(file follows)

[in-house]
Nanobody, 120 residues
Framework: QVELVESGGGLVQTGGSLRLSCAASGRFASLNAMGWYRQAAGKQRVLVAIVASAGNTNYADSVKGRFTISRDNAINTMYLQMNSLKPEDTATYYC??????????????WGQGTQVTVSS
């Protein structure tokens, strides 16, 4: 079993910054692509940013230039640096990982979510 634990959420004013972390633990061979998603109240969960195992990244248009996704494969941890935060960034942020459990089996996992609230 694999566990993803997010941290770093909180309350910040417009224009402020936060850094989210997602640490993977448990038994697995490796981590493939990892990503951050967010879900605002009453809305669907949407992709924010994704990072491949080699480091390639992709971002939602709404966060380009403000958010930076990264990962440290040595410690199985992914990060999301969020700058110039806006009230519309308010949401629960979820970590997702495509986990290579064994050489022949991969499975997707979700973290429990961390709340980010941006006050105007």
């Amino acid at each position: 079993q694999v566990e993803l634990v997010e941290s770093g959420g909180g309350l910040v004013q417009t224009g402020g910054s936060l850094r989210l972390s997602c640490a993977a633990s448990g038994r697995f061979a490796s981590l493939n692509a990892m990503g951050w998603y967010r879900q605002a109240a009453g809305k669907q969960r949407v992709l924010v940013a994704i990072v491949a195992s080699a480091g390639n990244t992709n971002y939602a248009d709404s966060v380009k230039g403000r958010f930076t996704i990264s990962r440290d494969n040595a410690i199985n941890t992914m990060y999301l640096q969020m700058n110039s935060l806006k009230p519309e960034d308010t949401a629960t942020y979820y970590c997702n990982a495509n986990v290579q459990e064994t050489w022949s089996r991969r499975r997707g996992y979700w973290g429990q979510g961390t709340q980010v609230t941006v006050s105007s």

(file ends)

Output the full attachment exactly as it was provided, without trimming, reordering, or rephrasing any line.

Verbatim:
[in-house]
Nanobody, 120 residues
Framework: QVELVESGGGLVQTGGSLRLSCAASGRFASLNAMGWYRQAAGKQRVLVAIVASAGNTNYADSVKGRFTISRDNAINTMYLQMNSLKPEDTATYYC??????????????WGQGTQVTVSS
């Protein structure tokens, strides 16, 4: 079993910054692509940013230039640096990982979510 634990959420004013972390633990061979998603109240969960195992990244248009996704494969941890935060960034942020459990089996996992609230 694999566990993803997010941290770093909180309350910040417009224009402020936060850094989210997602640490993977448990038994697995490796981590493939990892990503951050967010879900605002009453809305669907949407992709924010994704990072491949080699480091390639992709971002939602709404966060380009403000958010930076990264990962440290040595410690199985992914990060999301969020700058110039806006009230519309308010949401629960979820970590997702495509986990290579064994050489022949991969499975997707979700973290429990961390709340980010941006006050105007």
């Amino acid at each position: 079993q694999v566990e993803l634990v997010e941290s770093g959420g909180g309350l910040v004013q417009t224009g402020g910054s936060l850094r989210l972390s997602c640490a993977a633990s448990g038994r697995f061979a490796s981590l493939n692509a990892m990503g951050w998603y967010r879900q605002a109240a009453g809305k669907q969960r949407v992709l924010v940013a994704i990072v491949a195992s080699a480091g390639n990244t992709n971002y939602a248009d709404s966060v380009k230039g403000r958010f930076t996704i990264s990962r440290d494969n040595a410690i199985n941890t992914m990060y999301l640096q969020m700058n110039s935060l806006k009230p519309e960034d308010t949401a629960t942020y979820y970590c997702n990982a495509n986990v290579q459990e064994t050489w022949s089996r991969r499975r997707g996992y979700w973290g429990q979510g961390t709340q980010v609230t941006v006050s105007s």